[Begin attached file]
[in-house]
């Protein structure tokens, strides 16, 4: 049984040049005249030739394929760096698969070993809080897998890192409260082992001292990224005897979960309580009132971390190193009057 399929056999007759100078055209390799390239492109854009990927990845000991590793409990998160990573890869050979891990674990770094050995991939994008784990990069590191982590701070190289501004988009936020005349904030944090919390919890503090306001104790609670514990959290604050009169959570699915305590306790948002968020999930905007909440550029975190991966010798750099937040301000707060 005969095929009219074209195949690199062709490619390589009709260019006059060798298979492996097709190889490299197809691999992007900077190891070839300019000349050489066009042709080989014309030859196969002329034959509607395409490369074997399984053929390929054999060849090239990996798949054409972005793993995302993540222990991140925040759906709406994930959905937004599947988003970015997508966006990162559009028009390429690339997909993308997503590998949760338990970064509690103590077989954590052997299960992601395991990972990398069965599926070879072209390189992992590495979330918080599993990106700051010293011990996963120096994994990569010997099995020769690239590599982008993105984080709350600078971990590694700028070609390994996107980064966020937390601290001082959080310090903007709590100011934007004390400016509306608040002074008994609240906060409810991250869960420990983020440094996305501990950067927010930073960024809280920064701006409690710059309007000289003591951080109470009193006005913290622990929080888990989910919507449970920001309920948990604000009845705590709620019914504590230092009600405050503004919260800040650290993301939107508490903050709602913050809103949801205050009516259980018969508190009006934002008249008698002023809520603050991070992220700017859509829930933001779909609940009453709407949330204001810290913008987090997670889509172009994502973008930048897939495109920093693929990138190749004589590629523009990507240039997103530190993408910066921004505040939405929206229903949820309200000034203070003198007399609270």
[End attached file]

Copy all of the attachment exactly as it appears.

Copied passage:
[in-house]
């Protein structure tokens, strides 16, 4: 049984040049005249030739394929760096698969070993809080897998890192409260082992001292990224005897979960309580009132971390190193009057 399929056999007759100078055209390799390239492109854009990927990845000991590793409990998160990573890869050979891990674990770094050995991939994008784990990069590191982590701070190289501004988009936020005349904030944090919390919890503090306001104790609670514990959290604050009169959570699915305590306790948002968020999930905007909440550029975190991966010798750099937040301000707060 005969095929009219074209195949690199062709490619390589009709260019006059060798298979492996097709190889490299197809691999992007900077190891070839300019000349050489066009042709080989014309030859196969002329034959509607395409490369074997399984053929390929054999060849090239990996798949054409972005793993995302993540222990991140925040759906709406994930959905937004599947988003970015997508966006990162559009028009390429690339997909993308997503590998949760338990970064509690103590077989954590052997299960992601395991990972990398069965599926070879072209390189992992590495979330918080599993990106700051010293011990996963120096994994990569010997099995020769690239590599982008993105984080709350600078971990590694700028070609390994996107980064966020937390601290001082959080310090903007709590100011934007004390400016509306608040002074008994609240906060409810991250869960420990983020440094996305501990950067927010930073960024809280920064701006409690710059309007000289003591951080109470009193006005913290622990929080888990989910919507449970920001309920948990604000009845705590709620019914504590230092009600405050503004919260800040650290993301939107508490903050709602913050809103949801205050009516259980018969508190009006934002008249008698002023809520603050991070992220700017859509829930933001779909609940009453709407949330204001810290913008987090997670889509172009994502973008930048897939495109920093693929990138190749004589590629523009990507240039997103530190993408910066921004505040939405929206229903949820309200000034203070003198007399609270």